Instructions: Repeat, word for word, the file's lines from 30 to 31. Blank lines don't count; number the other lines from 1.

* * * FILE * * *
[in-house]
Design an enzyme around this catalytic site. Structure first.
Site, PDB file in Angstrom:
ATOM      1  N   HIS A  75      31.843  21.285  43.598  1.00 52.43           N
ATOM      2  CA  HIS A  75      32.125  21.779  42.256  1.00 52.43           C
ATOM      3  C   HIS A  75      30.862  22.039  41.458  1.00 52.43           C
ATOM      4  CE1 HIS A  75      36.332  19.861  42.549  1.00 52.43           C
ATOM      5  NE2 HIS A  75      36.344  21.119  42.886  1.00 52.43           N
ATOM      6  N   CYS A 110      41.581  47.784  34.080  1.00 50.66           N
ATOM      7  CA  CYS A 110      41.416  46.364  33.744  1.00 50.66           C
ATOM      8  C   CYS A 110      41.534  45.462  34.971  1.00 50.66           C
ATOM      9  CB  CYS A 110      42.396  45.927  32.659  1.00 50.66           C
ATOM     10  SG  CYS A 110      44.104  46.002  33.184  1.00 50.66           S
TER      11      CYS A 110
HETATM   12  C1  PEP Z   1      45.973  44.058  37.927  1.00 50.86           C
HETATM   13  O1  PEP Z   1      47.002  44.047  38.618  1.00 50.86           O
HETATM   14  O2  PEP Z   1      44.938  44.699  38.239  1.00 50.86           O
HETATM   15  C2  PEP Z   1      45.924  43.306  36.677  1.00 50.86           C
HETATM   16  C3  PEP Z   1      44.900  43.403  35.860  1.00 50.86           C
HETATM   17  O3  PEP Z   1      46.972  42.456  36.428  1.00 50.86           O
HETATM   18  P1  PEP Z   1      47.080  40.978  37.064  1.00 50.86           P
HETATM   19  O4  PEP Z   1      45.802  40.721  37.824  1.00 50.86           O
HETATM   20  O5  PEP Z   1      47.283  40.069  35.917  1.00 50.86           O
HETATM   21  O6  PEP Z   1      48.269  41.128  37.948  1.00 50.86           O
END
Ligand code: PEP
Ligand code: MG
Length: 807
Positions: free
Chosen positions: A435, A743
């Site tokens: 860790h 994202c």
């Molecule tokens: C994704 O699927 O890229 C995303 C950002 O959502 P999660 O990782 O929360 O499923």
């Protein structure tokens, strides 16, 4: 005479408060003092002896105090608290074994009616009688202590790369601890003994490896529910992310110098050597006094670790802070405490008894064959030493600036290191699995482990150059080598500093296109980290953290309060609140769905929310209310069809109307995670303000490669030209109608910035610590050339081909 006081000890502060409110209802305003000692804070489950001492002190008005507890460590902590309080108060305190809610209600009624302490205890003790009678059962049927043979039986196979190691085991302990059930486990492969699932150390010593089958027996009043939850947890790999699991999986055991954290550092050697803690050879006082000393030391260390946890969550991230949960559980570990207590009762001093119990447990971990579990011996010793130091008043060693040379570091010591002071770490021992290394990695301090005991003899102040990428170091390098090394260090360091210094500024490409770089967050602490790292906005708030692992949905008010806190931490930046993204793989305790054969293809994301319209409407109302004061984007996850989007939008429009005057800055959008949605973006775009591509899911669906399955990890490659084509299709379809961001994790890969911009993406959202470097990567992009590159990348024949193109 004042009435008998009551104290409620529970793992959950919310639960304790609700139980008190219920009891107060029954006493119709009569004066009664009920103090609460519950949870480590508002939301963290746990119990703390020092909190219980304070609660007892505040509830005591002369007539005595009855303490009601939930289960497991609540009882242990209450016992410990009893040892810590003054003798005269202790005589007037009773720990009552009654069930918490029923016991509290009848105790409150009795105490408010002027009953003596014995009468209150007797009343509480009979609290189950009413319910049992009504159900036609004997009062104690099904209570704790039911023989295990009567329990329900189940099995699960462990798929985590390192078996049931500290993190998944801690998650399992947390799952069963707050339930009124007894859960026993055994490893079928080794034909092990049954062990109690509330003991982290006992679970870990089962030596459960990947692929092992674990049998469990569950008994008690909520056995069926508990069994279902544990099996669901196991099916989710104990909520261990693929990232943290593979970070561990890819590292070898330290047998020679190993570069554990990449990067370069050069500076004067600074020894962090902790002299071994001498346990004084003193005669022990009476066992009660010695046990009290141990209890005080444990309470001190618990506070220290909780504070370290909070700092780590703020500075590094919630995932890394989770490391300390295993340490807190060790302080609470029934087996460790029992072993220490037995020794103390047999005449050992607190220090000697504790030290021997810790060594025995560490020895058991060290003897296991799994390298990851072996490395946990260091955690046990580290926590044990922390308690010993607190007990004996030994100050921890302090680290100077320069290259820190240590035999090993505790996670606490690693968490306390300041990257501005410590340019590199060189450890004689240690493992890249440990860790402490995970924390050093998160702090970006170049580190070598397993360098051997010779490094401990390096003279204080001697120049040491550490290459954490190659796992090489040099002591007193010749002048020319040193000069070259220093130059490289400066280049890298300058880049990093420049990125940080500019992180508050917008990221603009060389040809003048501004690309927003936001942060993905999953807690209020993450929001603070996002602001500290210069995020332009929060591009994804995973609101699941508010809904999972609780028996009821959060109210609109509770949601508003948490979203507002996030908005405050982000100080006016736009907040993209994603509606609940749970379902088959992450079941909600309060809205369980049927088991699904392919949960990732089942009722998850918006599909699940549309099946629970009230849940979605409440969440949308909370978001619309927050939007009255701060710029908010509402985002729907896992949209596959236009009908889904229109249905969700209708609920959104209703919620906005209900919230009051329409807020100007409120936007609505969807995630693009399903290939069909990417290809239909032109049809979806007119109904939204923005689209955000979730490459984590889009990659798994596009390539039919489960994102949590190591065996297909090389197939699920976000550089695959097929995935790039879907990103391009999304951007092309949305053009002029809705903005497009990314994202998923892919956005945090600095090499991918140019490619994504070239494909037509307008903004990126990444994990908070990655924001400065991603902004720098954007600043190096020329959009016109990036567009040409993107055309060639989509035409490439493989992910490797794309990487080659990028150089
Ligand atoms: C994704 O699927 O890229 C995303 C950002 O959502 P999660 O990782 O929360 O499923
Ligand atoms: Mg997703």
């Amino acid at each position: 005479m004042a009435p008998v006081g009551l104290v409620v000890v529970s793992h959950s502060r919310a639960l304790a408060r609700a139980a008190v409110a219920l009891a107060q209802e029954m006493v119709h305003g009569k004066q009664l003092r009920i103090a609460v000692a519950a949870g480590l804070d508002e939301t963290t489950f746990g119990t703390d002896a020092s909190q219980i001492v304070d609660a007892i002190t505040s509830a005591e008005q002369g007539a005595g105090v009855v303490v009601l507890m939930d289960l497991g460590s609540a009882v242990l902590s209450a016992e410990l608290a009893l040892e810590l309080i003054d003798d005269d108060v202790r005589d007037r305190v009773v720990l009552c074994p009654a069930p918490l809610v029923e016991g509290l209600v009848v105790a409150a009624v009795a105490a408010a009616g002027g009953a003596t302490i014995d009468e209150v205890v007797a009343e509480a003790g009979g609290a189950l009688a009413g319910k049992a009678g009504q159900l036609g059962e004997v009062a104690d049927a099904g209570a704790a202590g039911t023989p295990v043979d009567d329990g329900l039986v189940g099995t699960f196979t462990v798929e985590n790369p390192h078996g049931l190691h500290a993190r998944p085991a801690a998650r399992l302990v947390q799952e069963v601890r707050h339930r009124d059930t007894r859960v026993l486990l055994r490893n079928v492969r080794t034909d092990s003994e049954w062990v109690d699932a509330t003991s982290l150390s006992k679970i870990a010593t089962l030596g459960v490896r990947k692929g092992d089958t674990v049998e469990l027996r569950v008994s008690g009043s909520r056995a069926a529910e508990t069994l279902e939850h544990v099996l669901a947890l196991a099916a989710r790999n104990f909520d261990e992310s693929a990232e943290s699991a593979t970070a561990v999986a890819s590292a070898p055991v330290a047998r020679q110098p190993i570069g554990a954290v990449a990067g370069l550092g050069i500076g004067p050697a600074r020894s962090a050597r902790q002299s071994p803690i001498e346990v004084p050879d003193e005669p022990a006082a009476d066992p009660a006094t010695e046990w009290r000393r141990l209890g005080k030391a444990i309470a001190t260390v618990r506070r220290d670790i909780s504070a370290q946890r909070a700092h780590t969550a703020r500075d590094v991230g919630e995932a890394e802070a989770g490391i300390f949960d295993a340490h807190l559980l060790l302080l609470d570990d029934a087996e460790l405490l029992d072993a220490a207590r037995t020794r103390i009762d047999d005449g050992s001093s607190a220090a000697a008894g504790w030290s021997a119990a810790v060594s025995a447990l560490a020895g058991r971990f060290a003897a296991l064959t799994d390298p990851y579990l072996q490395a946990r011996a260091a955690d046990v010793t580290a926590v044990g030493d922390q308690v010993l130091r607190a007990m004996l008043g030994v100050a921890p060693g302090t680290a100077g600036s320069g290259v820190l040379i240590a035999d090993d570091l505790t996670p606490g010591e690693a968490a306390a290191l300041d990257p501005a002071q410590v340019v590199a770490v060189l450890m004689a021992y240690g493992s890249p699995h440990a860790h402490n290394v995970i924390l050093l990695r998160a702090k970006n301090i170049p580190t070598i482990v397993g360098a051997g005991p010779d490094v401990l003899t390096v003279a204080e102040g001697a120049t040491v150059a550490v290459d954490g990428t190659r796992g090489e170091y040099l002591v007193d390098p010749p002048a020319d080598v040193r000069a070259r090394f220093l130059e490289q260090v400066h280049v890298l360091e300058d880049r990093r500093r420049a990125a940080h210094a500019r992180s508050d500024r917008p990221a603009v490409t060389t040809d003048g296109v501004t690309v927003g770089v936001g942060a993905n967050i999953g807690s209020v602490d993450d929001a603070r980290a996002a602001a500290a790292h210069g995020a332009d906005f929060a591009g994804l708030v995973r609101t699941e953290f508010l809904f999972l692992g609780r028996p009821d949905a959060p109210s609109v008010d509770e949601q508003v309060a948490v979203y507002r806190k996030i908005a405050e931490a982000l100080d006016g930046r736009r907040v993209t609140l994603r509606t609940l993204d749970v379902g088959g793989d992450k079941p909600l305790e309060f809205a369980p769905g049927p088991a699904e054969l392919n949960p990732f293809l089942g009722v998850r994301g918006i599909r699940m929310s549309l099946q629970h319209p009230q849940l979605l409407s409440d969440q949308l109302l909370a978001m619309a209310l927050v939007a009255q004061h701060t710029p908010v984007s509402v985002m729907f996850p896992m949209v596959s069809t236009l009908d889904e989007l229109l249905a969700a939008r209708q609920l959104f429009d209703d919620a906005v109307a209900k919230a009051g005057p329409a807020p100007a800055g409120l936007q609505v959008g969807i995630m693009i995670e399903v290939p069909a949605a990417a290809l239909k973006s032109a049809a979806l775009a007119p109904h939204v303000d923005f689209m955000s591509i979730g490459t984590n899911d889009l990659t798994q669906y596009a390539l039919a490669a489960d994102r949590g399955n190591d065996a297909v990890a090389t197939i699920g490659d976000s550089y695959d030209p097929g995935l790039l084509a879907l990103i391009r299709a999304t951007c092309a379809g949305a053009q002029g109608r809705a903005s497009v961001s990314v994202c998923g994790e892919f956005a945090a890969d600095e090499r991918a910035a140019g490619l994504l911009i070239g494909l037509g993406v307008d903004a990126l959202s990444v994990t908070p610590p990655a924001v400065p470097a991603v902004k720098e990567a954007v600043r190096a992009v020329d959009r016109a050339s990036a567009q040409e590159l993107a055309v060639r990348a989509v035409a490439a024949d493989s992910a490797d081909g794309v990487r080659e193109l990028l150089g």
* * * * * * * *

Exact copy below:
Chosen positions: A435, A743
């Site tokens: 860790h 994202c």